24 The history of floating-point computation In the past, each machine had its own implementation of floating-point arithmetic hardware and/or software. It was impossible to write portable programs that would produce the same results on different systems. It wasn t until 1985 that the IEEE 754 standard was adopted. Having a standard at least ensures that all compliant machines will produce the same outputs for the same program. 24

25 Floating-point hardware When floating point was introduced in microprocessors, there wasn t enough transistors on chip to implement it. You had to buy a floating point co-processor (e.g., the Intel 8087) As a result, many ISA s use separate registers for floating point. Modern transistor budgets enable floating point to be on chip. Intel s 486 was the first x86 with built-in floating point (1989) Even the newest ISA s have separate register files for floating point. Makes sense from a floor-planning perspective. 25

26 FPU like co-processor on chip 26

27 Summary The IEEE 754 standard defines number representations and operations for floating-point arithmetic. Having a finite number of bits means we can t represent all possible real numbers, and errors will occur from approximations. 27

28 For recitation 28

29 What if the Unnormalized Rep. is Defined Differently? E F meaning Notes and X X Valid number Unnormalized =(-1) S x x (0.F) Infinity F X X Not a Number 29

30 Range of numbers Normalized (positive range; negative is symmetric) smallest largest (1+0) = ( ) Unnormalized smallest largest (2-23 ) = Need change ( ) ( ) ( ) Positive underflow Positive overflow 30

31 In comparison The smallest and largest possible 32-bit integers in two s complement are only and How can we represent so many more values in the IEEE 754 format, even though we use the same number of bits as regular integers? what s the next representable FP number? ( ) differ from the smallest number by How is this derived? 31

Divide: Paper & Pencil. Computer Architecture ALU Design : Division and Floating Point. Divide algorithm. DIVIDE HARDWARE Version 1

Divide: Paper & Pencil. Computer Architecture ALU Design : Division and Floating Point. Divide algorithm. DIVIDE HARDWARE Version 1 Divide: Paper & Pencil Computer Architecture ALU Design : Division and Floating Point 1001 Quotient Divisor 1000 1001010 Dividend 1000 10 101 1010 1000 10 (or Modulo result) See how big a number can be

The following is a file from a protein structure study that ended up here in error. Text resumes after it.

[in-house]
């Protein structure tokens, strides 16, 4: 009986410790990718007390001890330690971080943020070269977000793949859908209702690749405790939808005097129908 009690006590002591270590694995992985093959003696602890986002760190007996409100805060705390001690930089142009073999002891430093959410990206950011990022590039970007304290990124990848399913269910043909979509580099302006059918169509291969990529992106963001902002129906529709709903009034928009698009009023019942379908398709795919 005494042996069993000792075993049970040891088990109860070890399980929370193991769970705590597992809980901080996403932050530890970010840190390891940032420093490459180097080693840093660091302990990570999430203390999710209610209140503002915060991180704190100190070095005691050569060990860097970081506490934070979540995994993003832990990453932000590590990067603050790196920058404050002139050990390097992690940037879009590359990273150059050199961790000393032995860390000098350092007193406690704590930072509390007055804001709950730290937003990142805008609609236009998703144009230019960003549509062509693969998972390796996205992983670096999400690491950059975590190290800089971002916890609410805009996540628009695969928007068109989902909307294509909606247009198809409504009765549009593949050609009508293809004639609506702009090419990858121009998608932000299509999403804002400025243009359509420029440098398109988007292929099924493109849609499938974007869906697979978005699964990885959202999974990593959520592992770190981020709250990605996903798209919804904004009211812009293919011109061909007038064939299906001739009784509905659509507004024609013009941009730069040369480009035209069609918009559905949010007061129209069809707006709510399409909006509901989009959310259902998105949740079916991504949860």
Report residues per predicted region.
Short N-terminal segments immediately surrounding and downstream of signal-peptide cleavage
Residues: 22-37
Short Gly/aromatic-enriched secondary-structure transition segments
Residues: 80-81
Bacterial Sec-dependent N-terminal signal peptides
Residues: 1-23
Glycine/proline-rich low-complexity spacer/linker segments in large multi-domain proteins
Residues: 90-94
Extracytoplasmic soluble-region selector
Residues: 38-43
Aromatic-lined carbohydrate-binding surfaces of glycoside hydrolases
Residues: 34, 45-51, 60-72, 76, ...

More information

Fractional Numbers. Fractional Number Notations. Fixed-point Notation. Fixed-point Notation

Fractional Numbers. Fractional Number Notations. Fixed-point Notation. Fixed-point Notation 2 Fractional Numbers Fractional Number Notations 2010 - Claudio Fornaro Ver. 1.4 Fractional numbers have the form: xxxxxxxxx.yyyyyyyyy where the x es constitute the integer part of the value and the y

More information

This Unit: Floating Point Arithmetic. CIS 371 Computer Organization and Design. Readings. Floating Point (FP) Numbers

This Unit: Floating Point Arithmetic. CIS 371 Computer Organization and Design. Readings. Floating Point (FP) Numbers This Unit: Floating Point Arithmetic CIS 371 Computer Organization and Design Unit 7: Floating Point App App App System software Mem CPU I/O Formats Precision and range IEEE 754 standard Operations Addition

More information

Binary Division. Decimal Division. Hardware for Binary Division. Simple 16-bit Divider Circuit

Binary Division. Decimal Division. Hardware for Binary Division. Simple 16-bit Divider Circuit Decimal Division Remember 4th grade long division? 43 // quotient 12 521 // divisor dividend -480 41-36 5 // remainder Shift divisor left (multiply by 10) until MSB lines up with dividend s Repeat until

More information

Attention: This material is copyright 1995-1997 Chris Hecker. All rights reserved.

Attention: This material is copyright 1995-1997 Chris Hecker. All rights reserved. Attention: This material is copyright 1995-1997 Chris Hecker. All rights reserved. You have permission to read this article for your own education. You do not have permission to put it on your website

More information

DNA Data and Program Representation. Alexandre David 1.2.05 adavid@cs.aau.dk